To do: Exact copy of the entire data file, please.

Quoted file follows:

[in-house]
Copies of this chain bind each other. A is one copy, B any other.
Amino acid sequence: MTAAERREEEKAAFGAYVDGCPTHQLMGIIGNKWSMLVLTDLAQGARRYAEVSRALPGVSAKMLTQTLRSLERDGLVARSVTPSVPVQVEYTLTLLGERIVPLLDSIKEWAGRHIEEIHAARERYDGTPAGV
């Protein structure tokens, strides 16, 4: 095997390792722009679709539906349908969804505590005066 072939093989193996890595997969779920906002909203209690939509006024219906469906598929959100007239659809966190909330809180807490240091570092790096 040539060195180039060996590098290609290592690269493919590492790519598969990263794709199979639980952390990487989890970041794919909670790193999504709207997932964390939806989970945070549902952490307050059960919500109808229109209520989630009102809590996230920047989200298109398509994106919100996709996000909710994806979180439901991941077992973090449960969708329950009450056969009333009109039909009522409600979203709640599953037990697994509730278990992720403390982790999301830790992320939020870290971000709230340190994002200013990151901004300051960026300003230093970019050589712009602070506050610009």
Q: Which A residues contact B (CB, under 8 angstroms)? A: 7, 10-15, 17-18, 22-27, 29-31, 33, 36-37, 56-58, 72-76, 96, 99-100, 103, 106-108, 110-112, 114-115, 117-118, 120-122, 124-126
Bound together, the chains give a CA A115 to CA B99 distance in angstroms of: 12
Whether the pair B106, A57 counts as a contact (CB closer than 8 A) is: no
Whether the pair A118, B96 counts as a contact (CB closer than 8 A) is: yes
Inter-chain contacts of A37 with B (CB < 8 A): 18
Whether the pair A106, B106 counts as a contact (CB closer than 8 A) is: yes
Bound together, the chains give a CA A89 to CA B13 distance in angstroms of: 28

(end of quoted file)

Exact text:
[in-house]
Copies of this chain bind each other. A is one copy, B any other.
Amino acid sequence: MTAAERREEEKAAFGAYVDGCPTHQLMGIIGNKWSMLVLTDLAQGARRYAEVSRALPGVSAKMLTQTLRSLERDGLVARSVTPSVPVQVEYTLTLLGERIVPLLDSIKEWAGRHIEEIHAARERYDGTPAGV
């Protein structure tokens, strides 16, 4: 095997390792722009679709539906349908969804505590005066 072939093989193996890595997969779920906002909203209690939509006024219906469906598929959100007239659809966190909330809180807490240091570092790096 040539060195180039060996590098290609290592690269493919590492790519598969990263794709199979639980952390990487989890970041794919909670790193999504709207997932964390939806989970945070549902952490307050059960919500109808229109209520989630009102809590996230920047989200298109398509994106919100996709996000909710994806979180439901991941077992973090449960969708329950009450056969009333009109039909009522409600979203709640599953037990697994509730278990992720403390982790999301830790992320939020870290971000709230340190994002200013990151901004300051960026300003230093970019050589712009602070506050610009």
Q: Which A residues contact B (CB, under 8 angstroms)? A: 7, 10-15, 17-18, 22-27, 29-31, 33, 36-37, 56-58, 72-76, 96, 99-100, 103, 106-108, 110-112, 114-115, 117-118, 120-122, 124-126
Bound together, the chains give a CA A115 to CA B99 distance in angstroms of: 12
Whether the pair B106, A57 counts as a contact (CB closer than 8 A) is: no
Whether the pair A118, B96 counts as a contact (CB closer than 8 A) is: yes
Inter-chain contacts of A37 with B (CB < 8 A): 18
Whether the pair A106, B106 counts as a contact (CB closer than 8 A) is: yes
Bound together, the chains give a CA A89 to CA B13 distance in angstroms of: 28